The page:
The need for energy continues to be a hot trend in convenience. A recent Gen­eral Mills study found that 44% of shoppers list "energize myself" among the top three reasons for visiting a conve­nience store, over all other available food outlets including QSR, drug, grocery, etc. Energy is clearly an emerging growth area for impulse purchases.

"Consumers purchase and consume bars across all dayparts, but choose which type of bar based on their needs," Fulford said. The majority of bars are purchased for morning consumption (for breakfast or a morning snack), making it important for retailers to ensure the bar set is located in a high morning traffic area — for instance, adjacent to the coffee bar.

Consumers think of bars according to the type of bar (i.e. performance, nutrition, grain, treat) and the specific benefits it provides them (protein, satiety, better-for-me, reward), she said.

"When c-store bar shoppers decide what to buy, they consider 'bar type’ first and brand second," Fulford continued. "This means retailers can arrange their bar set as such — group like items together and then brand blocks within the set."

Meating Snackers’ Needs
It’s clear that meat snacks are driving the growth of the alternative snack category — from the early days of basic beef jerky, these highly portable alternative snacks have made a comeback. Manufacturers are capitalizing on the trends by developing innova­tive products that spotlight nutrition, natural ingredients, flavor and portion control.

Last year Oberto took a leap of faith on consumer insights, re­introduced its entire jerky line as "all natural." According to Kap Pitarys, se­nior brand manager at Oberto Brands, are seeking simpler and more nutritious ways to get their snacks all food categories. "We have seen sales of our jerky items increase 62% in the convenience segment since we reformulated our products to be all natural, which basically means mini­mally processed, no preservatives added and no artificial ingredients," she said.

Spicy tastes are another hot trend meat snacks, noted Pitarys. In fact, spicy jerky flavors have led sales of all jerky products in the last 12 weeks. In response to the spicy trend, Oberto launched a Spicy Sweet Beef Jerky in January 2011, combining the sweet and spicy flavors consumers are craving to satisfy all of their taste buds at one time.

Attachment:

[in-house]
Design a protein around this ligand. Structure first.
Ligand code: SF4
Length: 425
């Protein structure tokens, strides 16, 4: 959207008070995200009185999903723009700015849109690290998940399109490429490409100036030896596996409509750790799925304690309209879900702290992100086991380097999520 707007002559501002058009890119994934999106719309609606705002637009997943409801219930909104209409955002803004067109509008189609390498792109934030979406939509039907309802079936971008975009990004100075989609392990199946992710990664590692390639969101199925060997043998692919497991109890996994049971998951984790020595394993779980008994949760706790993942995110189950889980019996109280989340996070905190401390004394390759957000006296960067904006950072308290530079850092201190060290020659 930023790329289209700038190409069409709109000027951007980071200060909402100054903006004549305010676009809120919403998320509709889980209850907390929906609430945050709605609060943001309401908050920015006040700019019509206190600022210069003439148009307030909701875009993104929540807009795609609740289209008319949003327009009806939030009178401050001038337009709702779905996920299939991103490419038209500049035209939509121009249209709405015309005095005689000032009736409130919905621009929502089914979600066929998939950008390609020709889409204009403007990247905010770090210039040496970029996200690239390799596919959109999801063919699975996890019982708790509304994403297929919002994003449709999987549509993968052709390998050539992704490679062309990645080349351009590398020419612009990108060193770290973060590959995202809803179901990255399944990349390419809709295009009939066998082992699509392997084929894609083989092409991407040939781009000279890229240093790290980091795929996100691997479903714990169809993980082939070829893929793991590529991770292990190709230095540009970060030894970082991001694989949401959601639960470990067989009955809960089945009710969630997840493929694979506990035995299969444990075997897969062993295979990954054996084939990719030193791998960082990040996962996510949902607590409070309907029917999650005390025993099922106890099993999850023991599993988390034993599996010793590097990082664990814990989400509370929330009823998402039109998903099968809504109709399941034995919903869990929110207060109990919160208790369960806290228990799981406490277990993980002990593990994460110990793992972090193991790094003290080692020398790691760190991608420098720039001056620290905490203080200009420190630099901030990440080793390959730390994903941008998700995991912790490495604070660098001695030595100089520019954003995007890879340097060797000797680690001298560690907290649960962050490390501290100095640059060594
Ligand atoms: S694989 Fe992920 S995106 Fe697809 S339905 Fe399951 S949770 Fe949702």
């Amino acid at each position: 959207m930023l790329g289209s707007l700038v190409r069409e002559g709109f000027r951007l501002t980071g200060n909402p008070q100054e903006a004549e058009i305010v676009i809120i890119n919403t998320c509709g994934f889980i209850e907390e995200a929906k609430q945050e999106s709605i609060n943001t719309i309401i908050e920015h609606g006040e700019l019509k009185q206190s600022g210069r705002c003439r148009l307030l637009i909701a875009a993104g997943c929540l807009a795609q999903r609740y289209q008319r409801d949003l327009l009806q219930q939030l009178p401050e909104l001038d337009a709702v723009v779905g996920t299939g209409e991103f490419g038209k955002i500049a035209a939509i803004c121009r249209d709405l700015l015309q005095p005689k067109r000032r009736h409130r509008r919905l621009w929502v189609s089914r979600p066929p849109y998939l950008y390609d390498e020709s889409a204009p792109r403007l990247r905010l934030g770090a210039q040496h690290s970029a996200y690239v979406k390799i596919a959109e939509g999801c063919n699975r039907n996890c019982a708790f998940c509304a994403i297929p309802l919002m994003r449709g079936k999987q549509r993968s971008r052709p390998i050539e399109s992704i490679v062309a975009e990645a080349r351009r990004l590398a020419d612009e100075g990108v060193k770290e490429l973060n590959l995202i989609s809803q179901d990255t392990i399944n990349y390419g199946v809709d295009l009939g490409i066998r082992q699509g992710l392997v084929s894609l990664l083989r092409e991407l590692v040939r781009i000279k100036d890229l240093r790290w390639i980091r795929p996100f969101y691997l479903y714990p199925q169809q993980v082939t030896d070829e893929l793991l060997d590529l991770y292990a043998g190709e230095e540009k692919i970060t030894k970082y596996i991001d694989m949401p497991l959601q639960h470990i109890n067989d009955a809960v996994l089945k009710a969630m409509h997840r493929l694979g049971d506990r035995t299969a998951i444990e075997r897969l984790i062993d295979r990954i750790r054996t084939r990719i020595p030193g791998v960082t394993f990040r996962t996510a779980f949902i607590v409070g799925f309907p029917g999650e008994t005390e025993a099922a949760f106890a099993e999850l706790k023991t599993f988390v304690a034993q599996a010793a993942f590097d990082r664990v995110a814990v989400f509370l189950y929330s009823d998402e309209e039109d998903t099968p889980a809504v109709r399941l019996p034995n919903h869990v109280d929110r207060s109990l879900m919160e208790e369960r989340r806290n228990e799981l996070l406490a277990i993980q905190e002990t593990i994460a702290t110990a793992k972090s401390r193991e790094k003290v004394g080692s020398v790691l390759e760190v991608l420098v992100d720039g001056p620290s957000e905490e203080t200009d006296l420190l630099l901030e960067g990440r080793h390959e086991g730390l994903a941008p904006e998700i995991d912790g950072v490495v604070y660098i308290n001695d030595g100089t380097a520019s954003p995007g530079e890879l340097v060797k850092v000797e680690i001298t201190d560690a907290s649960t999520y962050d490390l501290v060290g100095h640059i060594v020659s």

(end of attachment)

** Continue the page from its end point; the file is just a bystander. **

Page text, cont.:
Will Alternatives Go Platinum?
If alternative snacks show so much promise and consumers want them, why aren’t retailers expanding their offerings and trying more new products? The main reason seems to be limited shelf space. It’s a challenge for category managers who want to expand offer­ings to include new items but can’t take space away from traditional profit mak­ers such as candy and baked sweets.

For Sheri Lauckner, store manager at Bjornson’s Oil in Devil’s Lake, North Dakota, limited shelf space is basically the only reason she hasn’t taken on more alternative snack items. "We simply don’t have enough room," she said. The only two items she carries right now are Snickers Energy Bar and Wheaties Fuel by General Mills. In both cases, her supplier provided the products with a secondary display. "If I can put the new item on a counter display or clip strip, I would consider taking on more of these types of snacks," she said.

Pitarys agrees, but noted that re­tailers are still looking for different and unique ways to capture consumer impulse. "Over 50% of purchases are made from secondary displays," she said. "These are unplanned sales€¦ bundling is a great way to sell comple­mentary products at the same time, and countertop or clip strip displays help the operators who don’t have a lot of space to work with."

Brad Borkhuis, general manager/ CEO of Wholesale Foods & Conve­nience Distributors, has mixed feel­ings about the potential for alternative snacks in the convenience channel. He said consumer interest in healthier, more natural options is evident in re­tail grocery store sales and offerings at restaurants. But "until retailers are willing to commit valuable space to committing to this unknown, it will be tough sledding, but this is the way it is all trending and certain markets would do very well embracing this idea as it has a loyal customer base."

According to Clif Bar’s Thrift, the biggest difference in marketing the bar category in convenience versus other channels is "mostly in the amount of space we have to work with. Grocery, natural and mass all have large sets and are able to stock a wide variety of flavors and pack types. In conve­nience, we must clearly focus on the top sellers."

Traci Carneal is a food industry freelance writer based in Annapolis, Maryland.